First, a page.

Social engineering has evidently earned a new level of respect from hacker community: For the first time, this year's Defcon gathering in Las Vegas will feature a contest in which participants will compete to gather nuggets of information from unsuspecting target companies -- over the telephone instead of the Internet.
Social engineering has enjoying an increasingly effective and prominent role in effective online attacks. The term itself is a big one, encompassing targeted surveillance and information-gathering techniques that early hacking stars such as Kevin Mitnick mastered (and went on to write about), down to the ubiquitous phishing and spam email message.
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These days, we hear lots about the centrality of social engineering in advanced attacks by what we at The 451 Group calls "adaptive persistent adversaries." These were the kinds of attacks leveraged at more than 100 Western firms in the so-called Aurora attacks. Much of the press coverage of the Aurora attack focused on the IE vulnerability used to gain access to systems in Google, Adobe, and other companies, as well as the Hydraq Trojan that siphoned data from them. However, social engineering was a critical -- but overlooked -- component in those attacks: Attackers targeted high-level employees with malicious Web links that provided an entry for the attackers' malware and remote administration tools.
The potency of social engineering has garnered new respect in the hacker world. Witness: Social-Engineer.org is partnering with Defcon to present spotlight social-engineering techniques in the form a new capture-the-flag (CTF)-style contest.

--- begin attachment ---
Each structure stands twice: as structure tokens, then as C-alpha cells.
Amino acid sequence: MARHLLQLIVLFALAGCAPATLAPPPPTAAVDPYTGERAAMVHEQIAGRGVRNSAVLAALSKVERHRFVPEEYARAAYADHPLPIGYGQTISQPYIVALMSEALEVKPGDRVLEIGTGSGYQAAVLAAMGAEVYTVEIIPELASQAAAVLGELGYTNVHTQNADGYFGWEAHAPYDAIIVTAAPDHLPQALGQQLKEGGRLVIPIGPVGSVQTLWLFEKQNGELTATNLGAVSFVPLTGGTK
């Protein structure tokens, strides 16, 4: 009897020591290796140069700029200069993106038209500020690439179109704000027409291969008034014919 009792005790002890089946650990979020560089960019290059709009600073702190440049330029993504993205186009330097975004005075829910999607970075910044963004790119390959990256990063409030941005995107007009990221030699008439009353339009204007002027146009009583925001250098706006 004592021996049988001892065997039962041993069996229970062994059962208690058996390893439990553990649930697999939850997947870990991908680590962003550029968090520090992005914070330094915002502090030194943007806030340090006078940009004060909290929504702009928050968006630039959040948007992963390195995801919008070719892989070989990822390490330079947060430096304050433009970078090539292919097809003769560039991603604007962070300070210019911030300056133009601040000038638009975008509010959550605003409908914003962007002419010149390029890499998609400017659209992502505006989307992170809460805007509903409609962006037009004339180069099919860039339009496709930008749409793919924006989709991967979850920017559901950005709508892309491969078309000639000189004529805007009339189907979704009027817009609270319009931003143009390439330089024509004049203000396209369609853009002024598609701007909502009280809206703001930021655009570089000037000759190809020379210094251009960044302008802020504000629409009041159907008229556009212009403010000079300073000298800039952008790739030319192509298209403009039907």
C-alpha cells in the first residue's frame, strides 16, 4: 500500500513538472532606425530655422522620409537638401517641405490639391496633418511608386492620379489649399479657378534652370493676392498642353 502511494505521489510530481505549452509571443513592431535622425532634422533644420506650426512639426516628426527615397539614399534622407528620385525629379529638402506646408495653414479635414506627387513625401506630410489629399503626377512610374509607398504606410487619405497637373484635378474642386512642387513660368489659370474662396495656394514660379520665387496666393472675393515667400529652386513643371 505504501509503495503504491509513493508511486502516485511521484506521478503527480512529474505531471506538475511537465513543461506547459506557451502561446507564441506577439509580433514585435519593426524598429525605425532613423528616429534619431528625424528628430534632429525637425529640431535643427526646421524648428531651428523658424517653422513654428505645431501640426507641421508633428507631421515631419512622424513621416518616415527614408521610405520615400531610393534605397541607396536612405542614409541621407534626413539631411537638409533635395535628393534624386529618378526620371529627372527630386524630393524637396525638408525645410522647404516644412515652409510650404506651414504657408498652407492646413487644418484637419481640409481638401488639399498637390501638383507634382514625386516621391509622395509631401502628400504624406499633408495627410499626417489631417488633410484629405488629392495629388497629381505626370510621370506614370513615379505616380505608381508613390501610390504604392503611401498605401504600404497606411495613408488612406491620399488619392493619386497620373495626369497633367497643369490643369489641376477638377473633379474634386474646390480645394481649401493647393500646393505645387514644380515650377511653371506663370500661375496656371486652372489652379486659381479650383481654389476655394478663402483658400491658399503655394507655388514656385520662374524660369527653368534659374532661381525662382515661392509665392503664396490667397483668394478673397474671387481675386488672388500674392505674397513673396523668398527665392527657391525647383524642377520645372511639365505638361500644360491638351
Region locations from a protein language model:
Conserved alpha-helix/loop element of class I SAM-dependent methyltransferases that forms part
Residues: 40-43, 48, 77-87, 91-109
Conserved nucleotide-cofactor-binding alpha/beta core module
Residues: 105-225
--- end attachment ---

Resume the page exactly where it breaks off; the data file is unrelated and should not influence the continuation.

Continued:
CTF hacking tournaments have long been a staple at Defcon, with teams working against each other both to protect their systems from attack and to penetrate the systems of opposing teams. They're raw tests of caffeine-induced brilliance against formidable foes, and they take days to complete and win.
The social engineering contest will borrow elements from the convention's traditional computer-based CTF tournaments, but with a few variations. Prior to the conference, participants will receive an email with the name and URL of a target company. Participants will be permitted to gather preliminary information about the company from the Web, using Google searches and other passive techniques. Contestants are banned from contacting their target directly via email or phone, and they get points for information gathered.
Competitors then use that data during the actual tournament to fuel their social engineering attack: They have 20 minutes to call unsuspecting employees at their target companies and wheedle out of them specific bits of (nonsensitive) information about the business for additional points. Participants aren't allowed to make the target company feel at risk by pretending to represent a law-enforcement agency (view the rules in their entirety).
It's all very cool, and it's probably legal. More important, the contest could raise awareness of the vulnerabilities that companies face in the form of gullible overly eager-to-please employees.
Paul F. Roberts is a senior analyst at The 451 Group.
This story, "New Defcon contest tests hackers' social-engineering skills," was originally published at InfoWorld.com. Get the first word on what the important tech news really means with the InfoWorld Tech Watch blog.